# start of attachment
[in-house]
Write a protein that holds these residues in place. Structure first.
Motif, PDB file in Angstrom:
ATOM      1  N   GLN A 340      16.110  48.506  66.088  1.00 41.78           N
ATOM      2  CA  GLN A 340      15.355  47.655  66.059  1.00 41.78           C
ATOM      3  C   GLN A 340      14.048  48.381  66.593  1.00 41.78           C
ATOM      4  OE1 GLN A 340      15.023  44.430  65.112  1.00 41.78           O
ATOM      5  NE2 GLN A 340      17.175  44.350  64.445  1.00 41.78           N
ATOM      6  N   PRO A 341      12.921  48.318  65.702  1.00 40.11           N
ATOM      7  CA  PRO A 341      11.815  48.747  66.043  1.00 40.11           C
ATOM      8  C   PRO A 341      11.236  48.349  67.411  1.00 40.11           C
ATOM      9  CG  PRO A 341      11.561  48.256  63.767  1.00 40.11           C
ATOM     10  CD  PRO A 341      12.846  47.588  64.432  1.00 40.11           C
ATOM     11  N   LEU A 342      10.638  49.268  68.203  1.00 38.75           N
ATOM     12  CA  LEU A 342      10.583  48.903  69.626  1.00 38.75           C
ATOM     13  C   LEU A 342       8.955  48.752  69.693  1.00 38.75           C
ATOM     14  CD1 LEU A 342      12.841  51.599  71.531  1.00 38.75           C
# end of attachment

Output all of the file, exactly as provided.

[in-house]
Write a protein that holds these residues in place. Structure first.
Motif, PDB file in Angstrom:
ATOM      1  N   GLN A 340      16.110  48.506  66.088  1.00 41.78           N
ATOM      2  CA  GLN A 340      15.355  47.655  66.059  1.00 41.78           C
ATOM      3  C   GLN A 340      14.048  48.381  66.593  1.00 41.78           C
ATOM      4  OE1 GLN A 340      15.023  44.430  65.112  1.00 41.78           O
ATOM      5  NE2 GLN A 340      17.175  44.350  64.445  1.00 41.78           N
ATOM      6  N   PRO A 341      12.921  48.318  65.702  1.00 40.11           N
ATOM      7  CA  PRO A 341      11.815  48.747  66.043  1.00 40.11           C
ATOM      8  C   PRO A 341      11.236  48.349  67.411  1.00 40.11           C
ATOM      9  CG  PRO A 341      11.561  48.256  63.767  1.00 40.11           C
ATOM     10  CD  PRO A 341      12.846  47.588  64.432  1.00 40.11           C
ATOM     11  N   LEU A 342      10.638  49.268  68.203  1.00 38.75           N
ATOM     12  CA  LEU A 342      10.583  48.903  69.626  1.00 38.75           C
ATOM     13  C   LEU A 342       8.955  48.752  69.693  1.00 38.75           C
ATOM     14  CD1 LEU A 342      12.841  51.599  71.531  1.00 38.75           C